The second step is what sits waiting when one walks through the portal, that the platform in which we engage is used as a foundation for meaningful Jewish engagement and learning. Indeed, that’s been at the heart of Blues of Challah. Last year’s Grateful Dead Shabbaton featured a keynote address on Grateful Dead in the Talmud, lovingly and passionately prepared and delivered by Rabbi Arthur Kurzweil, a Talmud scholar and Deadhead; lively and energetic davenning infused with Grateful Dead tunes led by Rabbi Moshe Shur, an Orthodox rabbi who spent part of his younger years hanging out with the Grateful Dead and their community in Berkeley in the 1960s; and text study focusing on Grateful Dead lyrics that then segued in sacred text study on song lyrics in the Talmud. And suddenly, Jews of all types, some deeply engaged and some disengaged, were fully engaged in Jewish community — and in Judaism — together. Indeed, by hanging a sign that read “Blues for Challah,” we introduced new people into a room that read “Sacred Text Study.”
At the closing circle of our second Grateful Dead Shabbaton, I was struck by the words of a few participants. A young couple had driven up from Asheville, North Carolina, for the weekend. Asheville is a 12-hour drive from Falls Village, Connecticut. Folks typically don’t travel 12 hours to come to Isabella Freedman retreats; they travel 12 hours to see a Grateful Dead concert. And this young couple looked the part. They acknowledged that, while Jewish, they had never gone to a single Jewish program before coming to Blues for Challah; but that they were now inspired to begin participating in Jewish community.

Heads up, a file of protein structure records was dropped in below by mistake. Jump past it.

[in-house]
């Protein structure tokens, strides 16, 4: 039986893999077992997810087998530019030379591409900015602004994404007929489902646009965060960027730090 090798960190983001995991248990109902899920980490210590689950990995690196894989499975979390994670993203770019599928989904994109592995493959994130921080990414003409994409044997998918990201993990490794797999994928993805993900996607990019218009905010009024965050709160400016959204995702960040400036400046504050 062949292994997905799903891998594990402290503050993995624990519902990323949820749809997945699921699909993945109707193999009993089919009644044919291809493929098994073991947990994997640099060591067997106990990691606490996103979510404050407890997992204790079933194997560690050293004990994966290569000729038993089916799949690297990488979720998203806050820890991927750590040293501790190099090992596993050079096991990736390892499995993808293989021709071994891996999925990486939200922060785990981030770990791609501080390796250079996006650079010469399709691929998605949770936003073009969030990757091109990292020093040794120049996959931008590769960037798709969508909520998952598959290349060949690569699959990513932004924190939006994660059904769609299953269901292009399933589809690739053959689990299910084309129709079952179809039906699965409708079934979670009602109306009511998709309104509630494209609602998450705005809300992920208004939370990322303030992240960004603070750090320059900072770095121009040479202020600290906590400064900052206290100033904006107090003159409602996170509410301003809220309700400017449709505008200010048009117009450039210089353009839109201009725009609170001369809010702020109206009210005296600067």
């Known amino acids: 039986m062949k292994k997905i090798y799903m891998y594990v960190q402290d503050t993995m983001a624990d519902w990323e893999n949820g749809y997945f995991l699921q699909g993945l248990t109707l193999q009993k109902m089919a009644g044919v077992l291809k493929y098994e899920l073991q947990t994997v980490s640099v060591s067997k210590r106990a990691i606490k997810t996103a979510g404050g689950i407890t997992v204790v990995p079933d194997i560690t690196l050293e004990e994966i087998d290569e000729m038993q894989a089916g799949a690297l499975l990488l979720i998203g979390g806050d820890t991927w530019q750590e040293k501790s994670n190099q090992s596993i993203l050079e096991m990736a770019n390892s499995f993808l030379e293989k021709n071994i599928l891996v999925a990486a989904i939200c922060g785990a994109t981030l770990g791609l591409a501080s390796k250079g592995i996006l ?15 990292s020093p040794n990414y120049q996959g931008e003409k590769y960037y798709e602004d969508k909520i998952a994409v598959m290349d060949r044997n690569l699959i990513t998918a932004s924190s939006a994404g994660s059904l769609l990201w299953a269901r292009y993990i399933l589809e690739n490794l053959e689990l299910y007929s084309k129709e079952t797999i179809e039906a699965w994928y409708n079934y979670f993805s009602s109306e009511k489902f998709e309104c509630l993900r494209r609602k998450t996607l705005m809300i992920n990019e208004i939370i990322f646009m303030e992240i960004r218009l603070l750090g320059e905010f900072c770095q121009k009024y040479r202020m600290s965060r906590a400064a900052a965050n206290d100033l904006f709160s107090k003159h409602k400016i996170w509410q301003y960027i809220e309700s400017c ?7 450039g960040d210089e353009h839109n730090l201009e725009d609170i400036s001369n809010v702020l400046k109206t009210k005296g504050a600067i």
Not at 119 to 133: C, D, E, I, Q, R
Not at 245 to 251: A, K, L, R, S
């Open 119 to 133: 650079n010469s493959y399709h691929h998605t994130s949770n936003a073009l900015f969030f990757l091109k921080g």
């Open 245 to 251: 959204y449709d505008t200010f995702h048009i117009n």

Beside them was a man in a black hat with payes. Almost in tears, he explained, “All my life I’ve had these two separate parts of my life — as an Orthodox Jew and as a Deadhead — that I could never reconcile… until this weekend. Next year I’m going to bring my children here with me so I can reconcile it for them, too.”
It was from those words at that closing circle, from folks who could not have arrived farther apart on the Jewish spectrum, that I knew we had created something not only fun, but something meaningful, and — I don’t think it’s a stretch to say — important.
And others seem to agree. Blues for Challah has already spawned an imitator in the St. Louis Jewish community, and we’ve received recent contacts from the San Francisco Bay Area and Seattle looking to create Blues for Challah Shabbatons in their communities.
If we can meet Jews where they live and where their interests are — whether it be through the Grateful Dead or baseball or Harry Potter or (enter your own idea here!) — and create meaningful platforms for Jewish engagement — we can help introduce a Judaism to our disengaged community members that feels meaningful, relevant, and, dare I say it, fun.
The time is now. As the Grateful Dead sang in Uncle John’s Band, there’s “barely time to wait.”
David Weisberg is the executive director of the Isabella Freedman Jewish Retreat Center, and, as a result of a pending merger between Isabella Freedman and Hazon, will soon become the CEO of Hazon, a national nonprofit dedicated to creating a healthier and more sustainable Jewish world through transformative experiences, thought-leadership, and capacity-building.